Gould v. Council of Bristol Borough, PICS Case No. 14-0206 (E.D. Pa. Jan. 27, 2014) Restrepo, J. (14 pages).

U.S. District Court - Eastern

The Legal Intelligencer

CIVIL PROCEDURE

Motion Practice • Statute of Limitations • Constitutional Law

Gould v. Council of Bristol Borough, PICS Case No. 14-0206 (E.D. Pa. Jan. 27, 2014) Restrepo, J. (14 pages).

The court granted defendants' motion to dismiss plaintiff's complaint, which alleged violations of a number of plaintiff's federal constitutional rights.

Plaintiff purchased a dilapidated piece of property in Bristol Borough's town center. It consists of three stone row homes. Prior to plaintiff's purchase of the property, the borough had initiated proceedings to condemn the property as blighted. Plaintiff filed preliminary objections in the eminent domain proceeding and prevailed. He had planned to restore the property as a residential unit, but defendant took the position that the zoning code prohibited purely residential use. Plaintiff devised a plan to develop his property under defendant's amended zoning code, which allowed some mixed use, but defendant ultimately rejected his plan.

Plaintiff filed a complaint on July 8, 2013, for violations of his civil rights, including deprivations of due process, equal protection, taking without just compensation, conspiracy to violate constitutional rights, and conspiracy to obstruct justice. Defendants moved to dismiss the complaint pursuant to Fed.R.Civ.P. 12(b)(1).

The court held the statute of limitations barred plaintiff's claims because the events alleged all occurred more than two years prior to the filing of the complaint. Plaintiff argued there was a continuing violation which extended the statute of limitations. However, the court found that plaintiff did not allege any act by the defendants that occurred within the applicable limitations period. A continuing violation is occasioned by continual unlawful acts, not continual ill effects from an original violation, and the focus is on affirmative acts of the defendant. The court did not find sufficient allegations of any continual violations.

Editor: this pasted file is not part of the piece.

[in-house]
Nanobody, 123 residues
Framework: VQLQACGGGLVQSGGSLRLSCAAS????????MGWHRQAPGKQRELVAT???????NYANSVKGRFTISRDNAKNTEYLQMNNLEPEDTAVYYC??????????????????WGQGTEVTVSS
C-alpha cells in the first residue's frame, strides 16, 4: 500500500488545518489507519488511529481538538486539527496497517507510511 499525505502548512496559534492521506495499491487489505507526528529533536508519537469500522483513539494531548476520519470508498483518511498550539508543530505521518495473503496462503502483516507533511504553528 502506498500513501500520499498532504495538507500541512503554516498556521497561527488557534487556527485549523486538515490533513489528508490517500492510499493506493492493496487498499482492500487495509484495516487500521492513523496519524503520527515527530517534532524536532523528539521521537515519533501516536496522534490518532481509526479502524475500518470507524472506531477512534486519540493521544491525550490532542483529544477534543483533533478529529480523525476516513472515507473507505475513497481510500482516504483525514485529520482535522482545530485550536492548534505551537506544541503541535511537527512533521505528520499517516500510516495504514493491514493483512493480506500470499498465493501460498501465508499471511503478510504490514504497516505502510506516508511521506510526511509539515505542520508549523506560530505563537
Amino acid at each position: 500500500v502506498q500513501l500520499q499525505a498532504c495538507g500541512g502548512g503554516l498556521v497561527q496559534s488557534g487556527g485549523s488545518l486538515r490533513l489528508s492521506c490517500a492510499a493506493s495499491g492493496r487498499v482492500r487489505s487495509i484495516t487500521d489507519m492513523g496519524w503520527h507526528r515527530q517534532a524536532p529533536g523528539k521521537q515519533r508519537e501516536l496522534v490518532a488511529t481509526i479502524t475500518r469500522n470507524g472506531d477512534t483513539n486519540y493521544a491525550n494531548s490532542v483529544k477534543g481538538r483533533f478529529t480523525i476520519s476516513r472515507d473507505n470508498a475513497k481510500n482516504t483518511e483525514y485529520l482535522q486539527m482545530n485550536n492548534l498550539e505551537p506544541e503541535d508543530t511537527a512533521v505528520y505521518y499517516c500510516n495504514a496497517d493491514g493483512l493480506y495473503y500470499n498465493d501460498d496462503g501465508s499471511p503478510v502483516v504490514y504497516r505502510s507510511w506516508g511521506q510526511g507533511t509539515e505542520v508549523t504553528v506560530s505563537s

Plaintiff suggested a requirement to exhaust state remedies tolled the statute of limitations. The court held there was no exhaustion requirement for plaintiff's federal claims, and he could have filed in federal court even while his state claims were still pending. The court held the limitations period was not tolled due to exhaustion of remedies requirements.

The court found no allegations to support a violation of substantive due process, which requires egregious official conduct that shocks the conscience. With regard to the equal protection claim, the court found plaintiff did not allege the existence of similarly situated individuals that would support a finding of differential treatment. The claim for violation of the takings clause was not yet ripe, because if a state provides an adequate procedure for seeking just compensation, the property owner may not claim a violation of the takings clause until he has used the state procedure and been denied just compensation. The court found no allegations to support a conspiracy or obstruction of justice.

The court granted plaintiff leave to file an amended complaint consistent with the court's memorandum.